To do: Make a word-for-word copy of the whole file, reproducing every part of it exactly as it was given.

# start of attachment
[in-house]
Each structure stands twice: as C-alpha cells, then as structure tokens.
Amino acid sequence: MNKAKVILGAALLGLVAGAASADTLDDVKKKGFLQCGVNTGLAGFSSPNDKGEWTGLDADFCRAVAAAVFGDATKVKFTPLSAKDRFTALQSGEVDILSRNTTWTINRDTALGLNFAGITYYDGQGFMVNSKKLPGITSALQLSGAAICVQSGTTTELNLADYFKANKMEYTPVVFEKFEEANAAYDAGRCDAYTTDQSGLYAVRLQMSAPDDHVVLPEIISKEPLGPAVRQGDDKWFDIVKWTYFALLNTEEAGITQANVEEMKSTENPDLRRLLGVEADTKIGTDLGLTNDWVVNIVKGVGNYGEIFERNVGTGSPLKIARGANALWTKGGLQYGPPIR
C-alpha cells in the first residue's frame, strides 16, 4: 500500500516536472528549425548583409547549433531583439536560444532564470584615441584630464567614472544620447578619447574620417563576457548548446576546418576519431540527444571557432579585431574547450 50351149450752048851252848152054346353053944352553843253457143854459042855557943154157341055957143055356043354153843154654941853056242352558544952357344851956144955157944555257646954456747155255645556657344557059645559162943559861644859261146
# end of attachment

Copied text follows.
[in-house]
Each structure stands twice: as C-alpha cells, then as structure tokens.
Amino acid sequence: MNKAKVILGAALLGLVAGAASADTLDDVKKKGFLQCGVNTGLAGFSSPNDKGEWTGLDADFCRAVAAAVFGDATKVKFTPLSAKDRFTALQSGEVDILSRNTTWTINRDTALGLNFAGITYYDGQGFMVNSKKLPGITSALQLSGAAICVQSGTTTELNLADYFKANKMEYTPVVFEKFEEANAAYDAGRCDAYTTDQSGLYAVRLQMSAPDDHVVLPEIISKEPLGPAVRQGDDKWFDIVKWTYFALLNTEEAGITQANVEEMKSTENPDLRRLLGVEADTKIGTDLGLTNDWVVNIVKGVGNYGEIFERNVGTGSPLKIARGANALWTKGGLQYGPPIR
C-alpha cells in the first residue's frame, strides 16, 4: 500500500516536472528549425548583409547549433531583439536560444532564470584615441584630464567614472544620447578619447574620417563576457548548446576546418576519431540527444571557432579585431574547450 50351149450752048851252848152054346353053944352553843253457143854459042855557943154157341055957143055356043354153843154654941853056242352558544952357344851956144955157944555257646954456747155255645556657344557059645559162943559861644859261146